The number of islanders regularly going to church in the Western Isles has declined
over the past 30 years.
Some 12,000 worshippers attend services compared to about 21,000 in 1984, according
to a new survey.
The drop of 9,000 may be partly attributed to the general reduction in the islands’
population along with the deaths of elderly church-goers.
But 44% of people in Western Isles still attend services - a figure vastly higher
than any other area.
In the mid-80s some 17% of Scots went to church. Now only 7.2% attend.
Within a generation across Scotland, numbers have halved - from 854,000 to to just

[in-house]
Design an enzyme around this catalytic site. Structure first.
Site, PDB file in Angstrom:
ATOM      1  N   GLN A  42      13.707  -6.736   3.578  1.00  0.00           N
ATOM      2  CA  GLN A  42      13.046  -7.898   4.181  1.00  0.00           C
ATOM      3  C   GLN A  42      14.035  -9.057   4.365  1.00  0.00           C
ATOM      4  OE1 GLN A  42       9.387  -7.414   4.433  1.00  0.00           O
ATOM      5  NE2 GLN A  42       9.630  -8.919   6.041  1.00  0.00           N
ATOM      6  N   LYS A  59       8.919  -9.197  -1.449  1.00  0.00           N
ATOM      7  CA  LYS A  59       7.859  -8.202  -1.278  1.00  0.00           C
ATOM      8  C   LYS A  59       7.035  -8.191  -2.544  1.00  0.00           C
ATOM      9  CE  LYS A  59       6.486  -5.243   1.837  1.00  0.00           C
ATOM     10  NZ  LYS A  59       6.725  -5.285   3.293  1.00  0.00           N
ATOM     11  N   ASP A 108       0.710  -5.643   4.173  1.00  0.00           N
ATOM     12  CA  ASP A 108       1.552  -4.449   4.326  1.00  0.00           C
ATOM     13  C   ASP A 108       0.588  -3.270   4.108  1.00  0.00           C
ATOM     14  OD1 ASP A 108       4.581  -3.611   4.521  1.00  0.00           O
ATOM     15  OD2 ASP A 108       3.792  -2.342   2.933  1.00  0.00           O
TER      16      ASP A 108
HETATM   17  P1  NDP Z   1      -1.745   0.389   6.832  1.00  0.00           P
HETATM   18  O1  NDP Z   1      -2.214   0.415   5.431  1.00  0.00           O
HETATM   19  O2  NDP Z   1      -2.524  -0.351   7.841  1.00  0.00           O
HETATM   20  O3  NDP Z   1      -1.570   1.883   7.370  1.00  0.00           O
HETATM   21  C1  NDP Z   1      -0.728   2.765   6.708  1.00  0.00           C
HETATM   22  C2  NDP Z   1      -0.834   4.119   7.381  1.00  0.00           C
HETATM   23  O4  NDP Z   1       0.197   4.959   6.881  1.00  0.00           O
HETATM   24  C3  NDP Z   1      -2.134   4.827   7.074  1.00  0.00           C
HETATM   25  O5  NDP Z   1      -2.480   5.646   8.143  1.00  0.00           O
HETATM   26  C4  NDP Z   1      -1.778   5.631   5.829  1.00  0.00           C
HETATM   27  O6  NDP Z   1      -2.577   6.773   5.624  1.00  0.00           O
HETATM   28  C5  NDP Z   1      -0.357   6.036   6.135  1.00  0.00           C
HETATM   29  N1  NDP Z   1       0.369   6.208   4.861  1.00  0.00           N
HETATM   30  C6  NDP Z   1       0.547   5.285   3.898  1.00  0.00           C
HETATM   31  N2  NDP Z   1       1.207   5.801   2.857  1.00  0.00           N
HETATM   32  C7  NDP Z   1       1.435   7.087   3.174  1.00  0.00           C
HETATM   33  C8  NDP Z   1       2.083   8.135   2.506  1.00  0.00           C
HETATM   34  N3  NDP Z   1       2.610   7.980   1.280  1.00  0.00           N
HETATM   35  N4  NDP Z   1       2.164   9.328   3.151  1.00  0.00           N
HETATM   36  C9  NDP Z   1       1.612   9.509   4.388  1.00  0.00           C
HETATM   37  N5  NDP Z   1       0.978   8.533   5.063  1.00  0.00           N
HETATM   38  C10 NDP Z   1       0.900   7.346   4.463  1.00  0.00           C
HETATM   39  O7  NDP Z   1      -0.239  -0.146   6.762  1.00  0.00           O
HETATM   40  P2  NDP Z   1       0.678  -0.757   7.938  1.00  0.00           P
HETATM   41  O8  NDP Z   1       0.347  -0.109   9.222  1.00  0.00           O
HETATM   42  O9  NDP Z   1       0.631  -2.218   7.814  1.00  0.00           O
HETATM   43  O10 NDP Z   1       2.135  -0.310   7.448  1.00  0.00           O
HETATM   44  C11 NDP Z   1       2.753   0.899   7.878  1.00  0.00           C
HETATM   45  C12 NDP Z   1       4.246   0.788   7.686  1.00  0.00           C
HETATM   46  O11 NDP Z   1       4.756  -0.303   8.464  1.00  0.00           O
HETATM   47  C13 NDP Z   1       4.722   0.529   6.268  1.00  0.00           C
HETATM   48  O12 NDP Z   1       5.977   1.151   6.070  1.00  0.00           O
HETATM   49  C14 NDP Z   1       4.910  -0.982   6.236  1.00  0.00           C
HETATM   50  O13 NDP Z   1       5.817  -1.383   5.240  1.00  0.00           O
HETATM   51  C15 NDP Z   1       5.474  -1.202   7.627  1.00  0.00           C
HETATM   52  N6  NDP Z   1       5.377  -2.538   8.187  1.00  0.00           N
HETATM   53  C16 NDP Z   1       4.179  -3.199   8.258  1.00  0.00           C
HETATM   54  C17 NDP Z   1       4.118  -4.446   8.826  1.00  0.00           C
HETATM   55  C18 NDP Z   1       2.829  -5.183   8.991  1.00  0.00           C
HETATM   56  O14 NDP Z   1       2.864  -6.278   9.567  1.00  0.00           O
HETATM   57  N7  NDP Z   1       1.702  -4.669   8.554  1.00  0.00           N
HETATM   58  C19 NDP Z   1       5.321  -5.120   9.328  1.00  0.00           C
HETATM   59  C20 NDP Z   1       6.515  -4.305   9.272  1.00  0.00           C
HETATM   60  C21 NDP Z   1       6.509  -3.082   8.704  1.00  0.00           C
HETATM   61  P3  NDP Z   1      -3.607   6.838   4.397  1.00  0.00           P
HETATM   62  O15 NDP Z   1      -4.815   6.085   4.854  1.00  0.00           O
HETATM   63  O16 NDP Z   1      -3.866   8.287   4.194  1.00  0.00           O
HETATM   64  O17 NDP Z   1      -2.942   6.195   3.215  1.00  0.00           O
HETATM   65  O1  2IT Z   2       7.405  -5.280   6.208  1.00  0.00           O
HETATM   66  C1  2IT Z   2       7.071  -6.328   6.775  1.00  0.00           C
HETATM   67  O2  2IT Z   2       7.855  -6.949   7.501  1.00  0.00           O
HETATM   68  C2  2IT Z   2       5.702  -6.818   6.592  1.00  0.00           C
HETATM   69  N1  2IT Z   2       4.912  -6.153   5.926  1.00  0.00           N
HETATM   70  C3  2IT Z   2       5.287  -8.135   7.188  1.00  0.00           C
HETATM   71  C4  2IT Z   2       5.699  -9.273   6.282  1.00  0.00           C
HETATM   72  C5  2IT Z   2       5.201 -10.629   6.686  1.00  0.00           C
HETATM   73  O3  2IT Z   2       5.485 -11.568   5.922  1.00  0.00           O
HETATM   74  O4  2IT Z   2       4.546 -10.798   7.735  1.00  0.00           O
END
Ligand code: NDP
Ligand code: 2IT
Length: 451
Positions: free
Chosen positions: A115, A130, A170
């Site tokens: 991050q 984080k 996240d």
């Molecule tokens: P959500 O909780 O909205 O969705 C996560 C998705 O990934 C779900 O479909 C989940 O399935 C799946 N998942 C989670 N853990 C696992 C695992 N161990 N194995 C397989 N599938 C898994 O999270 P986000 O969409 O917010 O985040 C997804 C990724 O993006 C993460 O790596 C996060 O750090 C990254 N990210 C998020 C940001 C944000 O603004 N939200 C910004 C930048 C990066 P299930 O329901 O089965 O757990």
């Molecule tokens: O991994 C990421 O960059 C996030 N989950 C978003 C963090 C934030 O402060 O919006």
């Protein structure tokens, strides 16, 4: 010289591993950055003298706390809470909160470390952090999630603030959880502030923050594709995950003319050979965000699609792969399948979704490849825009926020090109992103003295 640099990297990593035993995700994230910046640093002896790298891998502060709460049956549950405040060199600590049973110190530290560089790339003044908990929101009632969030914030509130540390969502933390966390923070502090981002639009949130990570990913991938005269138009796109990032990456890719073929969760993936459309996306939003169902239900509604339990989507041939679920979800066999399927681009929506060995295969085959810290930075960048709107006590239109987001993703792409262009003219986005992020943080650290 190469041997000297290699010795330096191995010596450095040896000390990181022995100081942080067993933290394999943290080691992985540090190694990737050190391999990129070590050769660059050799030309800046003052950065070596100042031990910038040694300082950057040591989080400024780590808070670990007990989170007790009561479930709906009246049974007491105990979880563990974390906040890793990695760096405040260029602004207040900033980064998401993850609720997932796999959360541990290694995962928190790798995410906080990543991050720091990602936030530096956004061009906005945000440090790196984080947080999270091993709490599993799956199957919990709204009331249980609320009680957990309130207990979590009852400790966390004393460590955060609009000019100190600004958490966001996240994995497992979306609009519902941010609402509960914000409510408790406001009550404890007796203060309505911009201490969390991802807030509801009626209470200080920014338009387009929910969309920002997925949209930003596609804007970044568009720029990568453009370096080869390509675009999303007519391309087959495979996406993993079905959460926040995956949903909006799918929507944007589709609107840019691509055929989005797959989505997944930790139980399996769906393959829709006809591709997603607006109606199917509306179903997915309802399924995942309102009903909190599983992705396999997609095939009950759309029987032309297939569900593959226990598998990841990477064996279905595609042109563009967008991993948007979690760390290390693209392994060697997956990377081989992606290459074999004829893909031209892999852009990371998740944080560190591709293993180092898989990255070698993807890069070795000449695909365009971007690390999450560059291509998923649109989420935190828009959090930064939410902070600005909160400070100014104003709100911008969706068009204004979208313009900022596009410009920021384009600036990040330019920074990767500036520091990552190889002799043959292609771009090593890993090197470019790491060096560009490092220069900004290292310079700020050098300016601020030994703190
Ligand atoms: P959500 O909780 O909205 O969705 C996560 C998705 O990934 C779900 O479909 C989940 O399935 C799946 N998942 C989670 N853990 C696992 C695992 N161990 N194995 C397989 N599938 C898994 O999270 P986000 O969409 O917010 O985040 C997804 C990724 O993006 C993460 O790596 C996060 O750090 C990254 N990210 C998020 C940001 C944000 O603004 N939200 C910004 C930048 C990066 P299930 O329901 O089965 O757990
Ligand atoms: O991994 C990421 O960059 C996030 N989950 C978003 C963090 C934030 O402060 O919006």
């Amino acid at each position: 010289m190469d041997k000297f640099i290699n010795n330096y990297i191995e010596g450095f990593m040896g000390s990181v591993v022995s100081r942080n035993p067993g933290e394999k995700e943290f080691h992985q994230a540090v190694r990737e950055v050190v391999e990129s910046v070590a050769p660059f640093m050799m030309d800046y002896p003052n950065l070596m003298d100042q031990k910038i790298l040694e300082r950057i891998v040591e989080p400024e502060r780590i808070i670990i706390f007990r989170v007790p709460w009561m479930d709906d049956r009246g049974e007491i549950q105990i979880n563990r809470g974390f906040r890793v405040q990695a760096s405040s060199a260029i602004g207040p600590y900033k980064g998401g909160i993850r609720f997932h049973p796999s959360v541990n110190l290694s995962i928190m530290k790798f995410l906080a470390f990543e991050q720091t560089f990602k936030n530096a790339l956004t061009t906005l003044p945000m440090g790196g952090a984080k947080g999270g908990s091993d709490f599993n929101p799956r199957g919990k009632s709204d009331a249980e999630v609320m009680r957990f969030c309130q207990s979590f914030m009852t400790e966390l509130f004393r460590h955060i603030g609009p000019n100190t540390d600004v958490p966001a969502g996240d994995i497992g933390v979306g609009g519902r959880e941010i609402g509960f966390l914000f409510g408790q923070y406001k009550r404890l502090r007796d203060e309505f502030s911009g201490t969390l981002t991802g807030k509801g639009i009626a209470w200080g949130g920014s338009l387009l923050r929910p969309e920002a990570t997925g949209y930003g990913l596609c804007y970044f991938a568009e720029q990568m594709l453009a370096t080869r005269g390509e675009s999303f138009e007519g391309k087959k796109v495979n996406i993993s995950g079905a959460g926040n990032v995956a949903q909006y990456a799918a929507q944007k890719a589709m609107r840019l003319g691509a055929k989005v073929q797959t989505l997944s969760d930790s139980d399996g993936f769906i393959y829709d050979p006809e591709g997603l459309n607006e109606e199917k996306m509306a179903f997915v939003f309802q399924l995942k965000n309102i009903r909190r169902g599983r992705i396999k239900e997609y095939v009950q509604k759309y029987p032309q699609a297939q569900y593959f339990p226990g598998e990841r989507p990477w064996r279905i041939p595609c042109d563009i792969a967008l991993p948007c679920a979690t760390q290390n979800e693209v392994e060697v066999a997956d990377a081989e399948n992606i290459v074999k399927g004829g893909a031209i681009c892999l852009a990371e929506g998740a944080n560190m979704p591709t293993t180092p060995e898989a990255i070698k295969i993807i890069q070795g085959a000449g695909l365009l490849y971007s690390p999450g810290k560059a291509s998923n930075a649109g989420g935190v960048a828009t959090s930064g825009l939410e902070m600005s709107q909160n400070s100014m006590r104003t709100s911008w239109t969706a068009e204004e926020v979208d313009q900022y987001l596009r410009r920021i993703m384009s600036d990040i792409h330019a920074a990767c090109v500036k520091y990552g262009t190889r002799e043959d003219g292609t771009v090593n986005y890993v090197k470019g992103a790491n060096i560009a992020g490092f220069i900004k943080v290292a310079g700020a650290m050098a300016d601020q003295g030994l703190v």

However, the last nationwide census - in 2011 - showed 2.9 million Scots belonged
to the Christian faith.
Decline in Western Isles church attendance
16 April 2017
% of population
2016 Scottish Church Census
Lead researcher, Dr Peter Brierley, who conducted the Scottish Church Census across
Christian denomination congregations said the main reason for decline is the death
of people who go to church.
He said: “Part of the problem is the proportion of people in the church who are elderly
is much greater than in the population of Scotland as a whole. So, you have a great
number of churchgoers dying.”
If trends continue, another 2000 people will empty island pews by 2025.